Drug and Alcohol - Relationships in Recovery
An Open Letter to Children of Alcoholics
You watched other families with insatiable envy. You studied their ‘normal’ lives with intense fascination. Why can’t they just stop?
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To All the Children of Alcoholics,
You watched other families with insatiable envy. You studied their ‘perfectly normal’ lives and routines with intense fascination. A thousand times, you asked yourself, why can’t my mom or dad just act that way? Why can’t they just stop?! You fantasized about a distant, new life, one that matched these parameters of normalcy.
Maybe you developed an intense hatred or fear of alcohol. You avoided it like the poison that it was to your parent. Or, maybe you grew up and fell in love with it yourself, despite the vows you continuously made to never walk down that path. Maybe you fell somewhere in between.
Please know that your voice matters. Your feelings matter. Your needs matter. Even if your parent was incapable of such validation, you can still validate yourself. You can still live a fantastic life. Most of all, you can still have love to give- even if your parent never surrenders the bottle.
As children of alcoholics, you grew up in your own unpredictable chaos. Whether it was chaos that existed behind closed doors or chaos that was exposed to the rest of the world, it all felt exhausting. You felt like a hamster running on a wheel caught on fire- living in a cage that was far too small.
Perhaps you mastered bartending drinks at a young age, and you learned the excuses to tell your teacher when you were late for school. Perhaps you spent years cowering in fear, hiding away from your parent, terrified of the ‘anger’ emerging during a drunken rage. Or, perhaps, your home life felt normal- you just had a tipsy, happy, and spontaneous parent who lovingly just seemed “out there.”
To survive the chaos, you probably mastered reading body language and interpreting nonverbal cues. You likely sought solace in friends, other family members, teachers, and neighbors and reveled in their ‘normalcy’. You learned to distract yourself with hobbies or school or sports- and maybe you threw all your attention in those directions.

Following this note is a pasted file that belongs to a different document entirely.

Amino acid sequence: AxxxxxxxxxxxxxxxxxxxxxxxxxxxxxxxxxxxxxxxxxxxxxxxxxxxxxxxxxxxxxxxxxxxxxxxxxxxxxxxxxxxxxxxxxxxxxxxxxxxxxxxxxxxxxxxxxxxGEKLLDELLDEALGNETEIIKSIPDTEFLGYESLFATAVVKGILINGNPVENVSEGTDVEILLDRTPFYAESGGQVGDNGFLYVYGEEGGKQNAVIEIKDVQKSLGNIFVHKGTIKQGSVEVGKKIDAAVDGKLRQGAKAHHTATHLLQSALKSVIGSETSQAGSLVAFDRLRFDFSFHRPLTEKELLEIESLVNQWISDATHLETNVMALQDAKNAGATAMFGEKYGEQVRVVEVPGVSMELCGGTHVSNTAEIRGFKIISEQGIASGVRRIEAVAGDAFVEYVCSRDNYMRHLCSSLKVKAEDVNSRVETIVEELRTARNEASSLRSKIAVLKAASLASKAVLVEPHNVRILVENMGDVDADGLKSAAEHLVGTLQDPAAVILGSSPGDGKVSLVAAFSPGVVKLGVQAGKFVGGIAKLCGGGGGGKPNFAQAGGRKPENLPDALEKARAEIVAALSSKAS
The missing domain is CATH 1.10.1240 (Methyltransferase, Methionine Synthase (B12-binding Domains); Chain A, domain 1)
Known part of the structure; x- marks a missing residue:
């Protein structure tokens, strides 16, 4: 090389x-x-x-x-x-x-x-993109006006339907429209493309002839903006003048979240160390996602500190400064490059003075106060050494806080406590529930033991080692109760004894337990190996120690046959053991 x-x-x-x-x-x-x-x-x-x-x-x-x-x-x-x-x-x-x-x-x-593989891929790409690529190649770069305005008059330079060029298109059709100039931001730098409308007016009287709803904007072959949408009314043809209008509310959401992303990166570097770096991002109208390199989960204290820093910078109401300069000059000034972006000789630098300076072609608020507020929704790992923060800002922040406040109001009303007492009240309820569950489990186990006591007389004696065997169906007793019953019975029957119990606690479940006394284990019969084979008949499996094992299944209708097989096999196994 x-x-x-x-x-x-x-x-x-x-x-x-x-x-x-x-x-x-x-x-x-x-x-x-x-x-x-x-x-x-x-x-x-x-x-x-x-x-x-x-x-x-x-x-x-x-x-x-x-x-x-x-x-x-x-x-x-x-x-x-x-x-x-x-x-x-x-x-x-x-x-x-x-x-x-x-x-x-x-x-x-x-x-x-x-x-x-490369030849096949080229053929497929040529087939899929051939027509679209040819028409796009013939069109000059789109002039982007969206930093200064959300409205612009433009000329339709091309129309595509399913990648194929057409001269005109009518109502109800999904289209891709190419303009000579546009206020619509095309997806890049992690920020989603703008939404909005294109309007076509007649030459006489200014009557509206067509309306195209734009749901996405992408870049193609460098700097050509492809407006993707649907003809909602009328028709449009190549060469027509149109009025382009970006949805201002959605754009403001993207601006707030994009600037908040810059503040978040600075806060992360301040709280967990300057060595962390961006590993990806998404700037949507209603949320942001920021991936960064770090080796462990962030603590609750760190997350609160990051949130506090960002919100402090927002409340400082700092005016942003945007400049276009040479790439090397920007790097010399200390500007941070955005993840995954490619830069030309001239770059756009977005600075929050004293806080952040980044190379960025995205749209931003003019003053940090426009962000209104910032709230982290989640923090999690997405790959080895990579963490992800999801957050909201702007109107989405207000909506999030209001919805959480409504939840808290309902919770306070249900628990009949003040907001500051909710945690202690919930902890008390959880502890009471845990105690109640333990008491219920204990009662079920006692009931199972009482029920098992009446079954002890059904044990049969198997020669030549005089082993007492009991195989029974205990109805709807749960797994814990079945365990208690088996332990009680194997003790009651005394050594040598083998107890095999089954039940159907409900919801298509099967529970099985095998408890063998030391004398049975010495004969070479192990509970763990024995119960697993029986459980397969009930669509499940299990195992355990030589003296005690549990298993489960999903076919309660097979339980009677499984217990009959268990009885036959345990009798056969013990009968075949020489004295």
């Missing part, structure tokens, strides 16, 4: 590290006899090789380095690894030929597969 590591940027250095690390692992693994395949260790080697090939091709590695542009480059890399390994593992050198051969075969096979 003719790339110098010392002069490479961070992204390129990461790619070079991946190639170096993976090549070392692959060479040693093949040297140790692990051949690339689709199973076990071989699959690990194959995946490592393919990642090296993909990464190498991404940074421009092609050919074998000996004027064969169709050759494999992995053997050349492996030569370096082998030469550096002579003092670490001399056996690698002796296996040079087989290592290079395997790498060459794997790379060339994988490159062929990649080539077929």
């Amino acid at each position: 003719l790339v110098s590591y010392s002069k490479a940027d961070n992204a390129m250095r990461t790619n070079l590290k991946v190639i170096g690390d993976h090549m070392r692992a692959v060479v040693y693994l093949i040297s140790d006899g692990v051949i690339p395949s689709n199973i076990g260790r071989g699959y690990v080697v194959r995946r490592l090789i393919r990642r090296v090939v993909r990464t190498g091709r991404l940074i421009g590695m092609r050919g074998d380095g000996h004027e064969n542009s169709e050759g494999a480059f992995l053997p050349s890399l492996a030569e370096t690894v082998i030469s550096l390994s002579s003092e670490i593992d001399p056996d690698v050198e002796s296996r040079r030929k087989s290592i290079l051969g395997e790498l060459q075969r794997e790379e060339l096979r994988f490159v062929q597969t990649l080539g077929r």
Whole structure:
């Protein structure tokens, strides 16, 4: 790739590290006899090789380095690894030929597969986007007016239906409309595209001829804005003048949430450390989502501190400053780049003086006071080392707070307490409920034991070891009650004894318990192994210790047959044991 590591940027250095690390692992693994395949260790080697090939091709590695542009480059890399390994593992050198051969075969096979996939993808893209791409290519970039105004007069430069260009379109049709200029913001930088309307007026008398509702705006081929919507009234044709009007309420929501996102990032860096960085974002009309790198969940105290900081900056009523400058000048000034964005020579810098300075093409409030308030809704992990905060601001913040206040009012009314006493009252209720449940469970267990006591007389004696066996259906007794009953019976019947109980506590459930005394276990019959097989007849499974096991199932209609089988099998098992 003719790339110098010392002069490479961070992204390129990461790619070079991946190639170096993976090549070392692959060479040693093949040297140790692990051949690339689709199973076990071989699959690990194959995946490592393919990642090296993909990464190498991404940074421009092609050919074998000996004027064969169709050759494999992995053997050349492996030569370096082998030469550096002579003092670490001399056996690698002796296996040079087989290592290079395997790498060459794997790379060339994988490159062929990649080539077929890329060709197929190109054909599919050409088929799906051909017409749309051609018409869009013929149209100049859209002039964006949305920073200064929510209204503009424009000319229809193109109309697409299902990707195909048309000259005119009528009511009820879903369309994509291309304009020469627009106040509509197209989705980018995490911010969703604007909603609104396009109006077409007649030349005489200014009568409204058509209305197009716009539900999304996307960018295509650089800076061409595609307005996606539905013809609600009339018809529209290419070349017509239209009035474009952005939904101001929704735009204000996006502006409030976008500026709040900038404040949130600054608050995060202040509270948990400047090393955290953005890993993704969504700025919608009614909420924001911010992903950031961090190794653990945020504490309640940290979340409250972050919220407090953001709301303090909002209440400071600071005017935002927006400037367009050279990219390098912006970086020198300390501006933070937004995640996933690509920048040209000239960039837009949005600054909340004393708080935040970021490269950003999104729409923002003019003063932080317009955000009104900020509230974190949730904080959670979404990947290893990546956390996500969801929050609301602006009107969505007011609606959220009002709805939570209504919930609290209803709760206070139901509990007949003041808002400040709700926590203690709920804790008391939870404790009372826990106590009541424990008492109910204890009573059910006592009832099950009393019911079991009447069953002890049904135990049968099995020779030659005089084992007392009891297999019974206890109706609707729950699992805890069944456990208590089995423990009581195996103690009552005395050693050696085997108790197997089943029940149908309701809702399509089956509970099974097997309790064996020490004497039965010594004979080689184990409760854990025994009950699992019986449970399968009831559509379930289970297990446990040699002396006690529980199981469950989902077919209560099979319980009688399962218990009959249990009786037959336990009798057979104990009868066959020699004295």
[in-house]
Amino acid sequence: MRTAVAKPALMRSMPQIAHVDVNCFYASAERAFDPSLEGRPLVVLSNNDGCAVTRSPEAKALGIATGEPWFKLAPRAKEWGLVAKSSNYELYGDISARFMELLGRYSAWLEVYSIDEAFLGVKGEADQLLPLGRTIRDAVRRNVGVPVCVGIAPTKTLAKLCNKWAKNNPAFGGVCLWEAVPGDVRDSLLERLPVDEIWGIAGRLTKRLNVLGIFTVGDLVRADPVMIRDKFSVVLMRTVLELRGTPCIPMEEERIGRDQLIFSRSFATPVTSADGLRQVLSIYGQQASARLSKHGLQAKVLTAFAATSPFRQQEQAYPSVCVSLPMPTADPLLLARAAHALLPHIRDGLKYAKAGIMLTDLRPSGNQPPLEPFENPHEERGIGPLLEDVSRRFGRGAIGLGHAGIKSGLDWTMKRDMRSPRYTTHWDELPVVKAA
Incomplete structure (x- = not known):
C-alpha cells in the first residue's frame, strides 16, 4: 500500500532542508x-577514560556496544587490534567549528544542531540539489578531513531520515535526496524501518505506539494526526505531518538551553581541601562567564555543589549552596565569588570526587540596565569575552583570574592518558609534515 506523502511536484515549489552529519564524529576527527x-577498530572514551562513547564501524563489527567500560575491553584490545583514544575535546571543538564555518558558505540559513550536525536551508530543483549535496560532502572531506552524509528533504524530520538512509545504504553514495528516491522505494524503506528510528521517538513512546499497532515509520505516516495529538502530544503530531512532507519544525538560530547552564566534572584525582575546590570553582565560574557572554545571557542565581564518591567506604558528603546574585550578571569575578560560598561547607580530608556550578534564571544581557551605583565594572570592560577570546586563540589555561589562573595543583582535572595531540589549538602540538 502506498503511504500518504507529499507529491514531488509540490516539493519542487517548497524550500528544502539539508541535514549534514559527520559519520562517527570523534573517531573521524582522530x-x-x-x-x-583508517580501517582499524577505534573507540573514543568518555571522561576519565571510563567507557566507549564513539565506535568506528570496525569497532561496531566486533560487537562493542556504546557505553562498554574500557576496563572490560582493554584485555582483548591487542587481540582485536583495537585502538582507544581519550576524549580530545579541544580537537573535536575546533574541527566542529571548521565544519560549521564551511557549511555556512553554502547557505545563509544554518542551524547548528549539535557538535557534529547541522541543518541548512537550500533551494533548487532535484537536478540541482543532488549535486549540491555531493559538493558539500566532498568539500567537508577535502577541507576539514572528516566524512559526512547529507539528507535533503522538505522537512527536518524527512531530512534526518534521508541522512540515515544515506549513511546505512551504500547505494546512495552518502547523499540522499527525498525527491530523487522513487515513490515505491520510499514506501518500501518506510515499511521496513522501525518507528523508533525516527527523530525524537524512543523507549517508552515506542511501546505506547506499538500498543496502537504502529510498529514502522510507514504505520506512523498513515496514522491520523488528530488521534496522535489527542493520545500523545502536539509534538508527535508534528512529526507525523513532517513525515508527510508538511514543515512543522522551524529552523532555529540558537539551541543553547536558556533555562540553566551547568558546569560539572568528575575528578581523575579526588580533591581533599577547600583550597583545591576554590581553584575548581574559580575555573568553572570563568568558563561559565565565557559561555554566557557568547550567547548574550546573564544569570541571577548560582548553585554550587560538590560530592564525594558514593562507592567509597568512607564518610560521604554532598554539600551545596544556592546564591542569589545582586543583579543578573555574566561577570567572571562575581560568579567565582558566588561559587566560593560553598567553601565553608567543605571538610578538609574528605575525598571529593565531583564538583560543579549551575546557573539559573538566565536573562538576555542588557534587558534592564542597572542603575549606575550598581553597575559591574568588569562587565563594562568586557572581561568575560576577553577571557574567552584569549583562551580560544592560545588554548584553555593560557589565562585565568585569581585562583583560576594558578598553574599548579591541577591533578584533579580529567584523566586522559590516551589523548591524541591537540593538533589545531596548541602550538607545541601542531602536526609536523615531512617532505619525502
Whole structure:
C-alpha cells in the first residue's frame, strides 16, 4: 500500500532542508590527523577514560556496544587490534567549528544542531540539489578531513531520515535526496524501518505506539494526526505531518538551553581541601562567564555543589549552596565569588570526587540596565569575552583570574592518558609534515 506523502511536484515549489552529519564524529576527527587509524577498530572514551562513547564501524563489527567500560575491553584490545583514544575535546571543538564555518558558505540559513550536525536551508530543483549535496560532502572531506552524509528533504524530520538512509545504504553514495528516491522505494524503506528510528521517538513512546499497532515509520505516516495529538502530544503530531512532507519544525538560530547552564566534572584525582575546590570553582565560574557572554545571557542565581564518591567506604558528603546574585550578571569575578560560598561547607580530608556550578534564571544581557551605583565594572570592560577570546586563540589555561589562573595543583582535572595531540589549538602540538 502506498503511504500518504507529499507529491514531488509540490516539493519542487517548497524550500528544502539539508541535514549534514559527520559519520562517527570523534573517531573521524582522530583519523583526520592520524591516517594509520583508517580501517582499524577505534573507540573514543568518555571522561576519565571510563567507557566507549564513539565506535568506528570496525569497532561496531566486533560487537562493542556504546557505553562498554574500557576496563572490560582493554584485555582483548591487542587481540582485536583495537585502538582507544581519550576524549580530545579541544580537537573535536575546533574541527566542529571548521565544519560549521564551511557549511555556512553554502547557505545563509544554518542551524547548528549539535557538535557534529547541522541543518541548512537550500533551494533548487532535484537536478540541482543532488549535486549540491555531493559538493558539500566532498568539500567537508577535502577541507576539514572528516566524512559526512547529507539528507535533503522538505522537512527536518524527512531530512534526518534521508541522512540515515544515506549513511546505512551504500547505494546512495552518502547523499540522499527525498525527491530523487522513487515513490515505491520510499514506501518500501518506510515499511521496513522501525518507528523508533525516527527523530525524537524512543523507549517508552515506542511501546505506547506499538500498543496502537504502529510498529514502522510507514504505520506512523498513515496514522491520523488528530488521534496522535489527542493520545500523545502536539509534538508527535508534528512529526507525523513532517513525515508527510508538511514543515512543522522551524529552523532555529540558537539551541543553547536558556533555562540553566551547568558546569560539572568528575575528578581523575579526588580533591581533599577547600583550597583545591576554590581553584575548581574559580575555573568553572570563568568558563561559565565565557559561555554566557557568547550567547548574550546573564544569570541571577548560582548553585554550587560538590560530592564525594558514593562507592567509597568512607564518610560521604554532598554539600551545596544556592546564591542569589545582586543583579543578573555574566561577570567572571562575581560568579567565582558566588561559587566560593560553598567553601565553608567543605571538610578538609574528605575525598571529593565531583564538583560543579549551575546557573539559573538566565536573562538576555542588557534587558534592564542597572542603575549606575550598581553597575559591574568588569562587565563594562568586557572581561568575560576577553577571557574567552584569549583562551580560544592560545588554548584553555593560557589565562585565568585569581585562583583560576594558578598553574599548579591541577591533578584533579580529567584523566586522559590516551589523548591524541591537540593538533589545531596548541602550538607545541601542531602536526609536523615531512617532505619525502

Still, You Experienced Shame
The shame cut deeper than any other emotion you ever felt. It was an indescribable shame, one that sat there like a lump in your throat that never went away. Maybe it’s still there, hurting and distracting you.
Maybe the shame is so intense that you don’t know how to function or love or cope. Maybe you use alcohol yourself. Maybe you overeat or gamble or find yourself falling in love with emotionally unavailable partners. These distracting or addictive behaviors can provide some relief. They can distract the trauma- for a while.
However, the shame still wears on you like a backpack full of bricks. You wander around the world like a defenseless child- wondering why everyone else received an instruction manual for this process called life.
You Were, Are, and Will Be Enough
The children of alcoholics don’t hear enough validation. Even though the parent loves them, they question this love constantly. They may blame themselves for the drinking, may feel unworthy of love or attention. They grew up scared and confused, and arbitrarily entering adulthood doesn’t necessarily ease those feelings.
Know that you are allowed to be angry and upset- no matter how old you are. You are allowed to have needs- big needs and little needs, and those needs are allowed to change.
You are allowed to heal because you are loved, and you are enough. This is true regardless of your childhood and regardless of your family dynamics. Whatever your healing process looks like, you are allowed to start at any time.
Alcoholism hurts everyone, but children are especially vulnerable to its devastating impact. Take care of your recovery and cherish it with love. You deserve all that and more.
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